Air New Zealand is planning to make nearly 1500 cabin crew redundant - a move slammed by their union as too rushed.
An email sent to staff today confirms up to 1460 cabin crew members face losing their jobs.
"We know time is not on our side as we burn through just under $14 million a month in crew salary costs," an internal email obtained by the Herald says.
Leeanne Langridge, general manager cabin crew, said these were ''strange and extremely difficult times.''
Earlier this week the national carrier indicated that 387 pilots could lose their jobs.
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Langridge said cost cutting over the last few weeks had not been enough to avoid redundancies.
''Despite all the measures we have taken, it saddens me to say we still need to make significant full time equivalent reductions.''
Air New Zealand has announced specific details today about its decision to cut around 1500 jobs from its cabin crew workforce.
Up to 300 full time cabin crew would go from the A320 fleet, 950 from widebody Boeing 777 and 787s and 210 from regional turbo-prop aircraft.
E tū' union's head of aviation, Savage, said that the New Zealand public would share workers' dissatisfaction with the news.
"Kiwis care about each other and about the success of our national carrier, so today's news that Air New Zealand wants to rush to axe 1500 cabin crew roles will be of real concern to the public," he said.
"Staff want to see the airline succeed and prosper again and, like the New Zealand public, they want to see it carry on with even better safety, service and standards."
However, the company is risking its good reputation by speeding into a redundancy process.
"The company's plan to lay off thousands of people while the country is still in lockdown is the wrong move. It's too rushed and it doesn't need to be. That is not what fair consultation looks like and it is very disappointing to see a once proud company get it so wrong. They risk destroying the very organisation they are trying to save.''
The wage subsidy, Air New Zealand's cash reserves of just under $1b and the Government's $900m loan meant there was time to properly work through a process and look to the future.
''E tū members can see the scale of the problem and want a 'just transition' approach, where people are at the heart of the process.''
There needed to be time to develop plans for redeployment and repurposing, for retraining and a proper recovery for the airline.
''Only then can the company, with its workers, set itself up for success. That's what New Zealand needs right now."
Langridge said when the airline emerged from the Covid-19 crisis it would be 30 per cent smaller than before.
''The main goal is to survive through the worst financial impact Air New Zealand has ever seen and bounce back when demand picks up,'' she said.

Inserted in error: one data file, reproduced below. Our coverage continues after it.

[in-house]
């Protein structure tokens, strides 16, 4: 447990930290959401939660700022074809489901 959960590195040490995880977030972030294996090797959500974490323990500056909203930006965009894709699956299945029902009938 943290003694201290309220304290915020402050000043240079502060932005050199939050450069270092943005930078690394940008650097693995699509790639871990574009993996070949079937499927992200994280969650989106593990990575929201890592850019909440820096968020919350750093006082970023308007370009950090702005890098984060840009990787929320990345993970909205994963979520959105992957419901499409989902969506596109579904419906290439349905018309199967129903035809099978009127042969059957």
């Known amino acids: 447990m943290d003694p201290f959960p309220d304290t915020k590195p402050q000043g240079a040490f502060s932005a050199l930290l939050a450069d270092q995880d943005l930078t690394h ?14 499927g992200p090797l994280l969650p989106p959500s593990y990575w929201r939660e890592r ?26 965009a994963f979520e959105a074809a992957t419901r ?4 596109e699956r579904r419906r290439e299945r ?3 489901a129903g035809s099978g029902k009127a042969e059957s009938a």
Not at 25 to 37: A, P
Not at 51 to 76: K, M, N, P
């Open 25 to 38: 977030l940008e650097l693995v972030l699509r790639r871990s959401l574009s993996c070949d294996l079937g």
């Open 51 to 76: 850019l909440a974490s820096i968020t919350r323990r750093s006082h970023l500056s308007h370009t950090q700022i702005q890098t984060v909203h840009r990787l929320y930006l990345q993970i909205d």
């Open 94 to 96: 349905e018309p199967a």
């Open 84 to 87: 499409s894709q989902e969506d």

''If we can do that now, we will be able to look at building our numbers back up as the operation ramps up again,'' she said.
E tū has welcomed the news that the Government has appointed former New Zealand Council of Trade Unions President Ross Wilson as independent advisor to the Air New Zealand board providing strategic advice from a unionised worker perspective.
Airlines worldwide have been hammered by the Covid-19 pandemic.
Early this week Virgin Australia confirmed it was closing its New Zealand base with the loss of around 550 jobs.
In this country the Government has loaned Air New Zealand $900m to continue operating.
New Air New Zealand chief executive Greg Foran has said the airline's immediate future lies in a domestic service.
New Zealand Air Line Pilots' Association (NZALPA) president Andrew Ridling said earlier this week that the union would fight for every pilot's job.
"We have been very clear with Greg Foran and the Air New Zealand executive team from the beginning of this process: If we cannot save every job, NZALPA would fight to ensure there is a clear and transparent path back to Air New Zealand for all pilots who chose to return."
Air New Zealand has already indicated that it will need to reduce its 12,500 strong workforce by up to 30 per cent.
In an email sent to staff and Airpoints members 10 days ago, Foran forecast revenue to plunge from close to $6 billion a year to $500 million.
The only flights remaining were in place to keep supply lines open and transport options for essential services personnel. The airline was in the final stages of finalising its domestic network which could fall from 20 centres to close to half a dozen.
''We are no different to a household. We have outgoings like debt repayments, utilities bills, lease payments [in our case planes not cars] etc … and we need income [or as we call it – revenue] to cover all our bills,'' Foran said.